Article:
Summary

'''Cesare Pugni''' () (; 31 May 1802–) was an Italian composer of ballet music, a pianist and a violinist. In his early career he composed operas, symphonies, and various other forms of orchestral music. Pugni is most noted for the ballets he composed for Her Majesty's Theatre in London (1843-1850), and for the St. Petersburg Imperial Theatres in St. Petersburg (1850-1870).

Cesare Pugni is the most prolific composer of ballet music, having composed close to 100 known original scores for the ballet and adapting or supplementing many other works. He composed a myriad of incidental dances such as divertissements and variations, many of which were added to countless other works.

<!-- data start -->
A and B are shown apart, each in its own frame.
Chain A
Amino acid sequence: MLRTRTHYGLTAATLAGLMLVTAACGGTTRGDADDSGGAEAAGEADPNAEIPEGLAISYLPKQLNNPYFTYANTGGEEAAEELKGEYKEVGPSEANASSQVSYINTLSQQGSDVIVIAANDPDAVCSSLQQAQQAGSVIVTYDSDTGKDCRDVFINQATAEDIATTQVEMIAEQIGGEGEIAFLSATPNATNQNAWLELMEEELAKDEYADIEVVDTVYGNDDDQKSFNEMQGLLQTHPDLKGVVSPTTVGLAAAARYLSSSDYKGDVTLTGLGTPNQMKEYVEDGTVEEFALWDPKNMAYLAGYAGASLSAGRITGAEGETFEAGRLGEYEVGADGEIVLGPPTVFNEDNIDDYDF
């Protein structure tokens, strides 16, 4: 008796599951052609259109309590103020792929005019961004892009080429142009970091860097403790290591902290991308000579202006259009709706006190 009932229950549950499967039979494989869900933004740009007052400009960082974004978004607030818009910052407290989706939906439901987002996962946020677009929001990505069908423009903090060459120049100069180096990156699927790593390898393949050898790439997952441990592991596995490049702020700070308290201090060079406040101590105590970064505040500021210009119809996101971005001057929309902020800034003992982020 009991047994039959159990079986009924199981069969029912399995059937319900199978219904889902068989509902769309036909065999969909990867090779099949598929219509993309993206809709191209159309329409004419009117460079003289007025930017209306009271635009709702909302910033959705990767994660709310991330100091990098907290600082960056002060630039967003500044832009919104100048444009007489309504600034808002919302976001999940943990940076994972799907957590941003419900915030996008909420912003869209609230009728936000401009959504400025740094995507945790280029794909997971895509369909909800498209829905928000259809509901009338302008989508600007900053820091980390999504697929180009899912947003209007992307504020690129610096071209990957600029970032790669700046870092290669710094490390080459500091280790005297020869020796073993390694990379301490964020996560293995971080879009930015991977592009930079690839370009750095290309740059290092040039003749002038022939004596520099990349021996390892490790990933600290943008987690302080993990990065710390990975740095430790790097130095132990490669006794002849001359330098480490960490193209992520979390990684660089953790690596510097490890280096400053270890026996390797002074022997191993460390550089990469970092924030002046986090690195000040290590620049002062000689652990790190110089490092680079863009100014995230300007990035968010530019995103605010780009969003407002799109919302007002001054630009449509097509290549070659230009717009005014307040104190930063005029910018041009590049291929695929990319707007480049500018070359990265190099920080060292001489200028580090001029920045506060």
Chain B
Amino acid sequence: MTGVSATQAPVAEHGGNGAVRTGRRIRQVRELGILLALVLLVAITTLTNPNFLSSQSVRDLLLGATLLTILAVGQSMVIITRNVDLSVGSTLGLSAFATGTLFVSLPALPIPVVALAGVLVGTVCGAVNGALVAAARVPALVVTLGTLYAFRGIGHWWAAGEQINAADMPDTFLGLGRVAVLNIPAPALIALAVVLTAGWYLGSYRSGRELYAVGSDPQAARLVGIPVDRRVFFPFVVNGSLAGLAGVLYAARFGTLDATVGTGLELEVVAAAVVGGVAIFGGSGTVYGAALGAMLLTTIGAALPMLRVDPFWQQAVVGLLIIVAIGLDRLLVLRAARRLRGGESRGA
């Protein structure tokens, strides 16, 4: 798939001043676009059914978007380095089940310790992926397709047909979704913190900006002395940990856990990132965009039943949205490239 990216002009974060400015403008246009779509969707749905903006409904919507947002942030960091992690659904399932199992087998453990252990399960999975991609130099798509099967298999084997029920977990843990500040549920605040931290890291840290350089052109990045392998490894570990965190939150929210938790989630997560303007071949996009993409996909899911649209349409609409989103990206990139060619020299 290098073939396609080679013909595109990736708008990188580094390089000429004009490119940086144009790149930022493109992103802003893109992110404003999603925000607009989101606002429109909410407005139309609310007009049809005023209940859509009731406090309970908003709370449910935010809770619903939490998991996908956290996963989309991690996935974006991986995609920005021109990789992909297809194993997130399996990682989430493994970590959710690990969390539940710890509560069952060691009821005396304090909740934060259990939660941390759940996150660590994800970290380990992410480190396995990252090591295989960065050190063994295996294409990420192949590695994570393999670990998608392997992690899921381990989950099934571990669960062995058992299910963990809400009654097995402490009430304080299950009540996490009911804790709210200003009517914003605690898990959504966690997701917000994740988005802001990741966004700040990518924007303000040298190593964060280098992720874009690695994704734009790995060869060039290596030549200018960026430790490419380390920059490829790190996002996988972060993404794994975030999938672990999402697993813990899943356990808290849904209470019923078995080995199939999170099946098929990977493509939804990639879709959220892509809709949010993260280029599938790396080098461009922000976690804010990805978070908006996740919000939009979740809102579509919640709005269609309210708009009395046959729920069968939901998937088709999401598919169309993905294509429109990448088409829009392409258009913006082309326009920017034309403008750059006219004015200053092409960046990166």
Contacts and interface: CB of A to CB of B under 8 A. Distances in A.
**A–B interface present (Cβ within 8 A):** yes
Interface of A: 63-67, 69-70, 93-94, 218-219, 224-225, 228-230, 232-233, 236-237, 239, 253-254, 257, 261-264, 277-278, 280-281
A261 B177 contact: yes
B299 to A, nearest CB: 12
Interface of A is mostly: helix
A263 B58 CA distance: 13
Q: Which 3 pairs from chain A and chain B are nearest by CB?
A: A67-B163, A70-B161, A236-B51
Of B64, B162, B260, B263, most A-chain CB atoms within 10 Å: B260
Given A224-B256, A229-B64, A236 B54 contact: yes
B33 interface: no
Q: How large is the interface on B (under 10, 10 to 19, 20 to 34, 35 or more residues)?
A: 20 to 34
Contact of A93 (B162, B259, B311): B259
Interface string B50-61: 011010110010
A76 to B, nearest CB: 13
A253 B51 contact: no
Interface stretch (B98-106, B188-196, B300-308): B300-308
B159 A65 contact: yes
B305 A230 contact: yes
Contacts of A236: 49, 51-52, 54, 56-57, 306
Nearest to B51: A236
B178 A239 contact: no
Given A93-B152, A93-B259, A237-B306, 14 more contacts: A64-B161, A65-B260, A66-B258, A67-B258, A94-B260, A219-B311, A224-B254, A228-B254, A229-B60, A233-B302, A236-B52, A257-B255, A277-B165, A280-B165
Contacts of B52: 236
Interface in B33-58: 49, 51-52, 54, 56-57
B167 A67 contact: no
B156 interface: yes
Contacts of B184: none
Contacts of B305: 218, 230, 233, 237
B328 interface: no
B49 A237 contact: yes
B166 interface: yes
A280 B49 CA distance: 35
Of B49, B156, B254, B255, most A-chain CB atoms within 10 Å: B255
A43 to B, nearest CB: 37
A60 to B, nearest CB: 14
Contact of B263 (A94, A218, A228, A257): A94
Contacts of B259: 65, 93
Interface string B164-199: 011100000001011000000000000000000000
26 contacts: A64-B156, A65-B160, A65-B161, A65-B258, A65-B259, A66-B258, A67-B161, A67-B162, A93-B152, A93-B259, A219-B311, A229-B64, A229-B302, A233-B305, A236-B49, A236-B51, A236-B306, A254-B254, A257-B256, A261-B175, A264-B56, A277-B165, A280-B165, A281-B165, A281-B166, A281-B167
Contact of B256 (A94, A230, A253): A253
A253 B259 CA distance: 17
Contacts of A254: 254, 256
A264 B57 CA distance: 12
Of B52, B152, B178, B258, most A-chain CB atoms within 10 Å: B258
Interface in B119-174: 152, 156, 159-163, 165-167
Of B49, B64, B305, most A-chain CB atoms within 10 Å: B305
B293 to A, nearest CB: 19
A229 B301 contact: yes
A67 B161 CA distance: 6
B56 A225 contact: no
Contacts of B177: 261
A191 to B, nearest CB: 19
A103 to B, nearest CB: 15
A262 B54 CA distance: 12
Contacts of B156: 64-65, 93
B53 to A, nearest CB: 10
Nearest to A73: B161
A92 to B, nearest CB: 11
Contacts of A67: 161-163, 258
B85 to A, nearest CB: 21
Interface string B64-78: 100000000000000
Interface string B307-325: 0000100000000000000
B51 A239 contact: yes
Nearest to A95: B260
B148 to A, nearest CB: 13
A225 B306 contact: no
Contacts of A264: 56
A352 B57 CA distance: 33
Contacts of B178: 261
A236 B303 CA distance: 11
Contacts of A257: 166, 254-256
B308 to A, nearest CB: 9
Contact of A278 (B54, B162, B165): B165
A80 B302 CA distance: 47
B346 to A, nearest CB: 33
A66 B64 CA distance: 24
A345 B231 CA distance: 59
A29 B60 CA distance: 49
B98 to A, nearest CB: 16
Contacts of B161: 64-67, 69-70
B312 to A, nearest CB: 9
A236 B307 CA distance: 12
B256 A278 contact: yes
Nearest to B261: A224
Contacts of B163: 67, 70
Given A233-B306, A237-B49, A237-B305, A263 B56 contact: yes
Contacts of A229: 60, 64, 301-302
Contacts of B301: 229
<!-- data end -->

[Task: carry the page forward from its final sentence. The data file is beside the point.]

Of Pugni's original scores for the ballet, he is best known today for ''Ondine, ou La Naïade'', (also known as ''La Naïade et le pêcheur'') (1843); ''La Esmeralda'' (1844); ''Catarina, ou La Fille du Bandit'' (1846); ''The Pharaoh's Daughter'' (1862); and ''The Little Humpbacked Horse'' (1864). Of his incidental dances, etc., he is most noted for the ''Pas de Six'' from ''La Vivandière'' (also known as ''Markitenka'') (1844); the ''Pas de Quatre'' (1845); ''La Carnival de Venise pas de deux'' (also known as ''Satanella pas de deux'') (1859); the ''Diane and Actéon Pas de Deux'' (1868); and his additional music for the ballet ''Le Corsaire'' (1863 and 1868).